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Bagg Bonanza Farm


Fifty years ago the National Historic Preservation Act was created to help preserve the diverse archaeological and architectural treasures of America. Among those treasures were the bonanza farms with their images of agricultural abundance that helped promote the huge influx of settlers to Dakota Territory. Railroad land grants included every other section in a corridor extending 40 miles to either side of the railroad line. Eastern Syndicates purchased this land and created vast farming operations, many in the Red River Valley. Known as bonanza farms they encompassed thousands of acres of land and were overseen by managers hired by the syndicates.

When J. W. Downing died in 1913, the land was divided among his heirs. With land acquired from Downing, as well as land he had accumulated privately, Frederich Bagg moved his center of operations one mile west of the Downing Farm in 1915. The Bagg Bonanza Farm included thousands of acres.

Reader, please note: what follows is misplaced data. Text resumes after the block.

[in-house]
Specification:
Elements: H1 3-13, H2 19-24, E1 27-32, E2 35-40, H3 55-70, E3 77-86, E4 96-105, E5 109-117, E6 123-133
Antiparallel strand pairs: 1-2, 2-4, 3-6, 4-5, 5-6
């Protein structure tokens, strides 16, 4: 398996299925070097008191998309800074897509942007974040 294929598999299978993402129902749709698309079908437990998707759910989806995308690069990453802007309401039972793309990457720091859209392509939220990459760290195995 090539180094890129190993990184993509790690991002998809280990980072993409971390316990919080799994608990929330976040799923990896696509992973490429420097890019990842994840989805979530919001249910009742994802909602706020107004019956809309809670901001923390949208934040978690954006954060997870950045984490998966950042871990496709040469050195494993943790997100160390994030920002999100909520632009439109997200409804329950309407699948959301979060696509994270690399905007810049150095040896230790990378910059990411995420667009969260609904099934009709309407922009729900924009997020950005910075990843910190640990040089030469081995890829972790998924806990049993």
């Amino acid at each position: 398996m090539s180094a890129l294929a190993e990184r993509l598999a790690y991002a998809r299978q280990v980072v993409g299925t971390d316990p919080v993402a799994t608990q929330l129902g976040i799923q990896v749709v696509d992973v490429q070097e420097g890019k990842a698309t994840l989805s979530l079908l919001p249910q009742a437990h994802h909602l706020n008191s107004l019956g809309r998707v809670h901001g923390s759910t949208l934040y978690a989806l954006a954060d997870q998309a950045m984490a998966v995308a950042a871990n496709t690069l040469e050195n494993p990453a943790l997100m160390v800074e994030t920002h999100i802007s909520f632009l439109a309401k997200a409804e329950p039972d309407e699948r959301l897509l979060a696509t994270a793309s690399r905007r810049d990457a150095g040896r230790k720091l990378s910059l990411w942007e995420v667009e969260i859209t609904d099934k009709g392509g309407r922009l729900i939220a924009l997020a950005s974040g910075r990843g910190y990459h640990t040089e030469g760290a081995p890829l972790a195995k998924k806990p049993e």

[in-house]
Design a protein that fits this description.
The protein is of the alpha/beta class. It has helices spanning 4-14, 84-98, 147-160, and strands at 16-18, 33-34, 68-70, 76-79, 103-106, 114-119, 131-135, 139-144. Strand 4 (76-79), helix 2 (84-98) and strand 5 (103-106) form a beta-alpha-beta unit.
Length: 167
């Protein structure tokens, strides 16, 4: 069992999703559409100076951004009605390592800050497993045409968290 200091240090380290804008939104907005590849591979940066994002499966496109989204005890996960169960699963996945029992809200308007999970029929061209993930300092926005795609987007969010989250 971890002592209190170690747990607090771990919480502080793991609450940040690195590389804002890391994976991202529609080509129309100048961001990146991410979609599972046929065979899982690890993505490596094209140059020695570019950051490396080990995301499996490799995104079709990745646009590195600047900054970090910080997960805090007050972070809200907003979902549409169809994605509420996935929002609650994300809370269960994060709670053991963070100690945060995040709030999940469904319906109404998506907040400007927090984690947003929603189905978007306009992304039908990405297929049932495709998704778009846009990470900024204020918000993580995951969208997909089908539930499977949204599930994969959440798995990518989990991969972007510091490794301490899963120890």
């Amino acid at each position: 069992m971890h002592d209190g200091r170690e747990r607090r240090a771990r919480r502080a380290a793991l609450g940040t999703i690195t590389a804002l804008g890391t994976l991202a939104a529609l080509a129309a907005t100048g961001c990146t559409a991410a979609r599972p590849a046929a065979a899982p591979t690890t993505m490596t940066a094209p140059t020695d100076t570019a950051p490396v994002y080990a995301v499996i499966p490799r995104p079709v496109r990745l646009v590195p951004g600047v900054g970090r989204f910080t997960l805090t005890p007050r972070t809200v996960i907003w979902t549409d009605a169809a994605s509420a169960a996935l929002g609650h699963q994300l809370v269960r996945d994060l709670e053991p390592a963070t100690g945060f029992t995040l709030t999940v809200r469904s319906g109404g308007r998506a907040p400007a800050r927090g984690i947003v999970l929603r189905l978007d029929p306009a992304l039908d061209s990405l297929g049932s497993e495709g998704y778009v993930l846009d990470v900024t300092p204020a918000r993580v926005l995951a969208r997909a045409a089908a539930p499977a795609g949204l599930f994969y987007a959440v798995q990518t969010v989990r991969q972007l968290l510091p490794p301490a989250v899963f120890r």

The site chosen for the new headquarters consisted of only three buildings – the foreman’s house, a cattle barn and a granary. Bagg modified his farming operations and expanded the farm infrastructure. Many of the buildings at the Downing farm were moved to the Bagg site, including a large mule barn, the foreman’s house, four machine sheds, the bunk house and a small grain elevator. By 1930 over 26 buildings occupied the new site and more building were purchased and moved to the farm. As tractors replaced mules, the mule barns were converted to machine sheds. Other new structures included chicken coups, hog barns, sheep sheds and a power house.

The bunk house from the Downing farm, at 84 by 30 feet, became the main residence for the Bagg family and also housed the staff and a communal dining area. The rest of the buildings were arrange in an orderly, functional approach with residential buildings painted white clustered on the north side of the complex and the red utility buildings for livestock, machinery and storage to the south. The eleven acre parcel, containing over thirty of the original buildings, was accepted as a National Historic Landmark on this date in 2005.

Dakota Datebook by Jim Davis


Day of the Bonanza by Hiram M. Drache; Lund Press Inc., Minneapolis, MN 1964.

National Register of Historic Places Registration Form- Frederich and Sophia Bagg Bonanza Farm 2005.

A History of Mooreton 1884-1984, Mooreton History Book Committee, J&M Printing Inc., Gwinner, ND 1984